Tasteless Tea Company

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ISSUES IN ACCOUNTING EDUCATION Vol. 26, No. 1 2011 pp. 163–179

American Accounting Association DOI: 10.2308/iace.2011.26.1.163

Tasteless Tea Company: A Comprehensive Revenue Transaction Cycle Case Study Ronald F. Premuroso, William S. Hopwood, and Somnath Bhattacharya ABSTRACT: It is challenging for students taking the introductory accounting information systems AIS course to envision how to apply the topics and concepts learned during the course in real-world situations. The motivation for this case study is to have groups of students apply the many topics and concepts learned in the first AIS course to a hypothetical real-world company situation, with particular emphasis on developing a proposed new and improved system for the revenue transaction cycle. The study is also designed to help meet several of the competencies listed under the AICPA’s Core Competency and Framework for Entry into the Accounting Profession. The case study involves analyzing three different types of revenue cycle transactions—sales by a direct sales force, retail store sales, and e-commerce website sales. Each student group is required to prepare a system analysis and design report, including addressing a list of requirements encompassing topics covered during the introductory AIS course. The requirements include preparation of data flow diagrams or system flowcharts using Microsoft Visio®, a balanced scorecard report, and the design of specification of internal controls appropriate to the revenue transaction cycle. Each group makes a presentation at the end of the semester to the class of their system recommendations using PowerPoint®. Each group also submits a written report containing their system recommendations, including responses to a list of case study questions and requirements posed by the instructor. The experiential learning process and benefits of using such a case in the introductory AIS course are discussed. Teaching methods, including Teaching Notes on how to administer the case, and suggested answers for the case study questions and requirements both summarized and in detail are presented. Evidence of teaching effectiveness of the case is also included. Keywords: accounting information systems; case study; internal controls; revenue transaction cycle. Ronald F. Premuroso is an Assistant Professor at The University of Montana and William S. Hopwood and Somnath Bhattacharya are Professors at Florida Atlantic University. The authors are grateful to David Pritchard for assistance with the development of the initial framework for the case study. The authors appreciate comments received on earlier versions of this paper from two anonymous reviewers from the AIS Educator Association related to the 2009 AIS Educators Conference, and an anonymous reviewer from the Information Systems section of the 2009 AAA Annual Meeting. The authors also thank participants at the 2009 AIS Educators Conference, participants at the 2009 AAA Annual Meeting, and professor Terri Herron for their comments and suggestions on earlier versions of the case. The authors appreciate comments from the editor and two anonymous reviewers from Issues in Accounting Education. Editor’s note: Accepted by Kent St. Pierre.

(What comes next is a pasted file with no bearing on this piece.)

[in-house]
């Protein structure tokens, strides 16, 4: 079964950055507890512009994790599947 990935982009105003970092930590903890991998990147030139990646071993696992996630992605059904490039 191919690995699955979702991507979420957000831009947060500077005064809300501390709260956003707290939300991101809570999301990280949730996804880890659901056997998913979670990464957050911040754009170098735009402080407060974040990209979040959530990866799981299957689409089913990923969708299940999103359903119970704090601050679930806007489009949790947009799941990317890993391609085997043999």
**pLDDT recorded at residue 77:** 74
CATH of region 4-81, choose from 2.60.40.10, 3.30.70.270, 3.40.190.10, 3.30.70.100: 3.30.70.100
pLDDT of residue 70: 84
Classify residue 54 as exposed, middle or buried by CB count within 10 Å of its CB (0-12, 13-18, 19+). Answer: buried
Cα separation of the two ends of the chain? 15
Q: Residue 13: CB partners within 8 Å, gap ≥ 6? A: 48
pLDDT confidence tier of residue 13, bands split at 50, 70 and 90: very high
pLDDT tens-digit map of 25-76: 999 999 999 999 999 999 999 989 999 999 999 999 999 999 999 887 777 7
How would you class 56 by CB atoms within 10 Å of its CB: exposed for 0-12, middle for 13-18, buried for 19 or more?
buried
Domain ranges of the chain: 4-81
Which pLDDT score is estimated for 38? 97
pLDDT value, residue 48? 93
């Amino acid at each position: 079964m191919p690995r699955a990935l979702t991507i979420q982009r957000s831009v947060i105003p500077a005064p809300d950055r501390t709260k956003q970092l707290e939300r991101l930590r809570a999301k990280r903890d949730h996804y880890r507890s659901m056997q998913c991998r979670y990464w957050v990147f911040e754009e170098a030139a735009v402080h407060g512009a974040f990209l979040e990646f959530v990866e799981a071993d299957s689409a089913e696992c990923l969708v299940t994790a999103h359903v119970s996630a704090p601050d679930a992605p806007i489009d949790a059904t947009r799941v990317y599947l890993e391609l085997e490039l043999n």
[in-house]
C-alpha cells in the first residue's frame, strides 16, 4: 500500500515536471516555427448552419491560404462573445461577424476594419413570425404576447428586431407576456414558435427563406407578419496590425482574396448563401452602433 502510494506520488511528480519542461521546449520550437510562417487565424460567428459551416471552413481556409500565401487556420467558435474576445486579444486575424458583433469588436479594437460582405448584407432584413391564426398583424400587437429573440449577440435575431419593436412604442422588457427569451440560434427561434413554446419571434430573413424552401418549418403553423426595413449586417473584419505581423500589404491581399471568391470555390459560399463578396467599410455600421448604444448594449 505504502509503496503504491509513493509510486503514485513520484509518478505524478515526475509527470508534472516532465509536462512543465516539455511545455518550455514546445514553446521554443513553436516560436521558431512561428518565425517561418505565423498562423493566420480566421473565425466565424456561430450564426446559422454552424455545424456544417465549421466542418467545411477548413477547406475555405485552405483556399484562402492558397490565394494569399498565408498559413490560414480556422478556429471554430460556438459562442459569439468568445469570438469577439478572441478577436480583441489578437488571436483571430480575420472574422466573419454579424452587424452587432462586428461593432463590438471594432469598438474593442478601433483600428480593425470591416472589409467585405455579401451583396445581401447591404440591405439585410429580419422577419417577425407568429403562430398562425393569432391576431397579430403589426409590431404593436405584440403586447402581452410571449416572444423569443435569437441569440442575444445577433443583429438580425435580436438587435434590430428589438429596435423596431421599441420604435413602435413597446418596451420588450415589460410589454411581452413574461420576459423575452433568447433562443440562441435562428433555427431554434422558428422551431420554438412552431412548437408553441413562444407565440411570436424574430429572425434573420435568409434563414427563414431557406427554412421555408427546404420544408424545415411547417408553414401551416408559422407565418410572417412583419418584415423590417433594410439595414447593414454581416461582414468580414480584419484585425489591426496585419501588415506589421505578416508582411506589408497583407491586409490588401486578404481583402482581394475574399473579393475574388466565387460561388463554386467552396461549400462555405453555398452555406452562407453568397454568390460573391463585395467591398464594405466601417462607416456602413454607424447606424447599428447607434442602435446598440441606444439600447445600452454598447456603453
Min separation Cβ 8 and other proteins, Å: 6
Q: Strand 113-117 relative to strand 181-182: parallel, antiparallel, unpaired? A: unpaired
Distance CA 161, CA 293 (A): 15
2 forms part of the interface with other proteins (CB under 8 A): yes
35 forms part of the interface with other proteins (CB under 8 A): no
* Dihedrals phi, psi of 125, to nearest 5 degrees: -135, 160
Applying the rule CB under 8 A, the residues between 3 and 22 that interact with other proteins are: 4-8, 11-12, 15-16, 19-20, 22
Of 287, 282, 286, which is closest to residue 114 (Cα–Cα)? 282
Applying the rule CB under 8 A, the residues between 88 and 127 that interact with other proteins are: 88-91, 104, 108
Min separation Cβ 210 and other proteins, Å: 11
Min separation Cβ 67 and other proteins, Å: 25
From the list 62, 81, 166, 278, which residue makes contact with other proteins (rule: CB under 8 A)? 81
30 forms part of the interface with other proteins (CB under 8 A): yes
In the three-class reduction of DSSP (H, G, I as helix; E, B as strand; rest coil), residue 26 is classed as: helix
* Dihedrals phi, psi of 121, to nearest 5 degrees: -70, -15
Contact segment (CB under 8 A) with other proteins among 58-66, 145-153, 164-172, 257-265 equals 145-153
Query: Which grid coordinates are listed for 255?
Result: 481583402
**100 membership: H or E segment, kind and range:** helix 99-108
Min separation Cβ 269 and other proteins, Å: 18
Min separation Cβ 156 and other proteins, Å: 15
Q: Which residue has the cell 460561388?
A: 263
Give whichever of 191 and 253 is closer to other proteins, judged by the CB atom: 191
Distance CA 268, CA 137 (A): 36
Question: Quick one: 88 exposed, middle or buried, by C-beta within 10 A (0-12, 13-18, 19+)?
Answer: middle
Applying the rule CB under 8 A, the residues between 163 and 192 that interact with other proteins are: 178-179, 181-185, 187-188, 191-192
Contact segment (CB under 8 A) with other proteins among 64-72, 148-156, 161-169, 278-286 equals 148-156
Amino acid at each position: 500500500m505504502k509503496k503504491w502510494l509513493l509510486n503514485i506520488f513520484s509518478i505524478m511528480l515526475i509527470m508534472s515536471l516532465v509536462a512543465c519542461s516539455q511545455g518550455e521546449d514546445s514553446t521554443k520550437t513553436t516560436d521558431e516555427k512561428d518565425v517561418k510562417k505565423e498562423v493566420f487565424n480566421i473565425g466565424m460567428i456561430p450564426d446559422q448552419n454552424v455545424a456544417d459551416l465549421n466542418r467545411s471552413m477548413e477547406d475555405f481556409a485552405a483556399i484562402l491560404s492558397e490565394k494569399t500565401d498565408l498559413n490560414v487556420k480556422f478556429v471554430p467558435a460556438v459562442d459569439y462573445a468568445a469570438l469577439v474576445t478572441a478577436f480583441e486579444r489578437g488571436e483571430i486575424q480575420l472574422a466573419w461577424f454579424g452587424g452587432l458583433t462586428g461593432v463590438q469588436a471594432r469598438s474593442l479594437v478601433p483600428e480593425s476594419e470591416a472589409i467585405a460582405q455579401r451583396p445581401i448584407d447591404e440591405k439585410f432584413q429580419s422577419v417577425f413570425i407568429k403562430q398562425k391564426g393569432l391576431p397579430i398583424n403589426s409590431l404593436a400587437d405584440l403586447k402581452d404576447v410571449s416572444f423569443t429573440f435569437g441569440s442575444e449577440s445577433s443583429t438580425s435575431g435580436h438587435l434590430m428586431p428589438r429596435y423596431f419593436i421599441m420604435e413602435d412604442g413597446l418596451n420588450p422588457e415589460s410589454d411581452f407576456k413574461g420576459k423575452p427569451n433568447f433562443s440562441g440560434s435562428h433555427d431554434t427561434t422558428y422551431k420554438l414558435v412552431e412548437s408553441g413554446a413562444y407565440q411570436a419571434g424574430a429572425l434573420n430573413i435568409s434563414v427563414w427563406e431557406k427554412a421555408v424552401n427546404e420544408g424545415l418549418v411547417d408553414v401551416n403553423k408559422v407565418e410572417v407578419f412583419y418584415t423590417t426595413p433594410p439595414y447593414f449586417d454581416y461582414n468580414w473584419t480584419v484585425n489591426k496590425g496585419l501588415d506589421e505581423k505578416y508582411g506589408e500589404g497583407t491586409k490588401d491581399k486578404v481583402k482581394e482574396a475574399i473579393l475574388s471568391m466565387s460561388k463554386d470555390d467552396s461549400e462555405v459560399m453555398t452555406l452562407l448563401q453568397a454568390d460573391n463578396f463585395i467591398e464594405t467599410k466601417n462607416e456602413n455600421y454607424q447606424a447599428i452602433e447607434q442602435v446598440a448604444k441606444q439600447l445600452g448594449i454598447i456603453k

Published Online: February 2011

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Premuroso, Hopwood, and Bhattacharya Data Availability: The authors are willing to make their data available for use by others in extending or replicating results reported in the case study. All correspondence should be addressed to the first author.

THE CASE he Tasteless Tea Company hereafter, Tasteless is a market leader in the expanding U.S. market for tea processed tea leaves , tea-related consumer beverage products, and tearelated desserts. Tasteless produces and sells tea bags, tea leaves, iced tea drinks, and a line of premium tea-based ice creams, as well as an innovative combination of premium tea product lines. Tasteless maintains its corporate headquarters in Danbury, Connecticut. The...
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